Last Victorian brewery in Edinburgh set to close after 153 years

The Caledonian Brewery was founded in 1869 and was the final operating of Edinburgh's 41 facilities.

Edinburgh Caledonian Brewery set to close as Victorian building deemed ‘economically unviable’ Commons
The Caledonian Brewery is the last operating facility of its kind in Edinburgh.

The last surviving Victorian brewery in Edinburgh is set to close after its owners claimed it was “no longer economically viable”.

Production at the historic Caledonian Brewery will cease over 150 years on from its foundation following a decision from alcohol giant Heineken.

The Dutch firm said the iconic red-brick building in the Slateford area of the capital – which opened in 1869 – had been ‘operating under capacity’ for a ‘long period’.

Brewing will now be redirected to Greene King’s Belhaven facility under plans to continue producing Caledonian brands including Deuchars, Coast to Coast IPA and Maltsmiths.

The 30 remaining workers at the plant will now enter into a period of consultation with management over their future.

Matt Callan, supply chain director at Heineken, said the brewery’s “Victorian infrastructure” made it unsuitable for modern techniques, adding the decision “had not been taken lightly”.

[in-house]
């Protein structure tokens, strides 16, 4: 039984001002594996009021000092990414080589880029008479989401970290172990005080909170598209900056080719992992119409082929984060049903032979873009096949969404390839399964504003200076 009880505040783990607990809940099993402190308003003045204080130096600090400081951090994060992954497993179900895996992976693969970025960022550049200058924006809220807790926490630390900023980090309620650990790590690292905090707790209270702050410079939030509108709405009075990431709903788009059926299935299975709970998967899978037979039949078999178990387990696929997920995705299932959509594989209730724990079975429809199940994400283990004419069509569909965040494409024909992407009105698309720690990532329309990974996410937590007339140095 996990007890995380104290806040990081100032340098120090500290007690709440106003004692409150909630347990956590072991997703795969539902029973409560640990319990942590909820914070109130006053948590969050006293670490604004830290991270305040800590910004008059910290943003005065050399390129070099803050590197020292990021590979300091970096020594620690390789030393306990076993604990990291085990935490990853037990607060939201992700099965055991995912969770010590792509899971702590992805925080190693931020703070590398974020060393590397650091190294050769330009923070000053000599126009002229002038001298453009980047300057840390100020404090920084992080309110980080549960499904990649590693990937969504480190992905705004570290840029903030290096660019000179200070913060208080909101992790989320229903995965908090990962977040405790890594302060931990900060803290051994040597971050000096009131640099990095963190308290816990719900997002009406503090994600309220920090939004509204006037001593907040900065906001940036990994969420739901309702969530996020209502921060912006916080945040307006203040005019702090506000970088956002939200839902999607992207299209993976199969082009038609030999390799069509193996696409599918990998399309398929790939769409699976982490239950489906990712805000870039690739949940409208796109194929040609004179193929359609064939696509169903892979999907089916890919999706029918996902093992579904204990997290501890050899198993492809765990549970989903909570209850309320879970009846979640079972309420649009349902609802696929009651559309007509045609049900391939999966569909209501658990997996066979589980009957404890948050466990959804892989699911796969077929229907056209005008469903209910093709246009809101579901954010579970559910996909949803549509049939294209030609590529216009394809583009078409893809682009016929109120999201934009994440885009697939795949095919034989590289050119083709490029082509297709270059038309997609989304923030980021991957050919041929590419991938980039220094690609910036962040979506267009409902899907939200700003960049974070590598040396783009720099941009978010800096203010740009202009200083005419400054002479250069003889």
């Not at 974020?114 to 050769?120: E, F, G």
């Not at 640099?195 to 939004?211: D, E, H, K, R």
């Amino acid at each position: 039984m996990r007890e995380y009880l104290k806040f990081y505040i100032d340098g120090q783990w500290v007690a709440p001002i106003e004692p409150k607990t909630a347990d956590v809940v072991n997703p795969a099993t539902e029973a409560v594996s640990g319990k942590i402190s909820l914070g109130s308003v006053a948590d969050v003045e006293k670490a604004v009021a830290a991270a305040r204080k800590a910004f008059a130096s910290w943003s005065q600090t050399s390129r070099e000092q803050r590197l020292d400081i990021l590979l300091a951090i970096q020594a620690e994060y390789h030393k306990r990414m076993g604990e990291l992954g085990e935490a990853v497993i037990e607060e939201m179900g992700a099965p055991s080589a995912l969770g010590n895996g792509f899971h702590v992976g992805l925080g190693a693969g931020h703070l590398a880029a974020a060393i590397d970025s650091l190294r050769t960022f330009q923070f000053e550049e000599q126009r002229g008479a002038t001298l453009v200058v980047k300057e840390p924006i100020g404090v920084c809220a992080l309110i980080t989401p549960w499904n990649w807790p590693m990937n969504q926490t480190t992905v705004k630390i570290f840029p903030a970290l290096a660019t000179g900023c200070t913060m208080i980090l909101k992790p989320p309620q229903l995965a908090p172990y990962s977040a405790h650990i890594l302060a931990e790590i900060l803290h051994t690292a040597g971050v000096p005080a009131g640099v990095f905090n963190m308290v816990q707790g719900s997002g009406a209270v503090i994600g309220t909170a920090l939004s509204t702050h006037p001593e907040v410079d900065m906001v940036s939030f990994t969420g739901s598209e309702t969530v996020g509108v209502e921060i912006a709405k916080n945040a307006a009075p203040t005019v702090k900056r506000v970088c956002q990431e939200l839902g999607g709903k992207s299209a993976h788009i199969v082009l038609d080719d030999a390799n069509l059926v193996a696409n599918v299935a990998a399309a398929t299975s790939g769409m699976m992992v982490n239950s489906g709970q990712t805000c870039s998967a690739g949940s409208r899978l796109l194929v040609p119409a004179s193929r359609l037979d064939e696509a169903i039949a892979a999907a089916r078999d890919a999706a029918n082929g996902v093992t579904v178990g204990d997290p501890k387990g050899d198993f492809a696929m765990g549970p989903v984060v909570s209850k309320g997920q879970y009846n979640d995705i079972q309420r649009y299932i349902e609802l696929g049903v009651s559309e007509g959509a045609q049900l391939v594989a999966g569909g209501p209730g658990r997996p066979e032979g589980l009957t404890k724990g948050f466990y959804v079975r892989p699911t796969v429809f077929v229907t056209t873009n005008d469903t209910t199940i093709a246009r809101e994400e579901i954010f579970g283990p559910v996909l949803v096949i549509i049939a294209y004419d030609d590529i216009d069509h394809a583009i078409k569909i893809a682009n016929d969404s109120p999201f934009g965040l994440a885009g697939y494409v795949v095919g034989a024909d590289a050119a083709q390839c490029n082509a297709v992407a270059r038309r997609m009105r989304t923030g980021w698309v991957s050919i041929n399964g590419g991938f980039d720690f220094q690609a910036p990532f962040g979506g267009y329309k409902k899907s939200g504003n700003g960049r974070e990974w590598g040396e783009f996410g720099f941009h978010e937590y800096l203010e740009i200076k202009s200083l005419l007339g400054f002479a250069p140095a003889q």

He said: “We’re acutely aware of what the brewery represents in Edinburgh, and its role in the history and heritage of brewing in Scotland – this is something we’re incredibly proud of.

Our primary focus is the 30 colleagues based there and we’ll now enter into a period of consultation.

“The sad fact is, its Victorian infrastructure means significant inefficiencies and costs, particularly as it is operating below capacity. 

“To modernise the brewery, and to meet our own sustainability commitments, would require considerable ongoing investment, which would make operating the brewery economically unviable.”

Heineken purchased the facility from Scottish and Newcastle in 2008 – a year shy of the 140th anniversary of its foundation by George Lorimer and Robert Clark.

At one stage, it was one of 41 breweries operating in the capital, but was saved from demolition in the early 1980s after being listed as a site of historical significance.

Callan added the brands produced would be “saved” if the proposed closure goes ahead.

He said: “We have an agreement in principle to licence the brands to Greene King who will brew Deuchars, Coast to Coast and Maltsmiths IPA and Lager at its Belhaven brewery in Dunbar.”

Joe Clarke, Unite national officer for the Food and Drink sector said: “This is devastating news for the Caledonian Brewery which has a 150-year long tradition and history in Edinburgh.

“Unite will enter into immediate discussions with the Heineken and we have arranged meetings next week in order to find out further information and facts relating to the proposed closure.”

He added: “Unite will leave no stone unturned in an effort to keep production and jobs in Edinburgh, and all options should be on the table including government support.”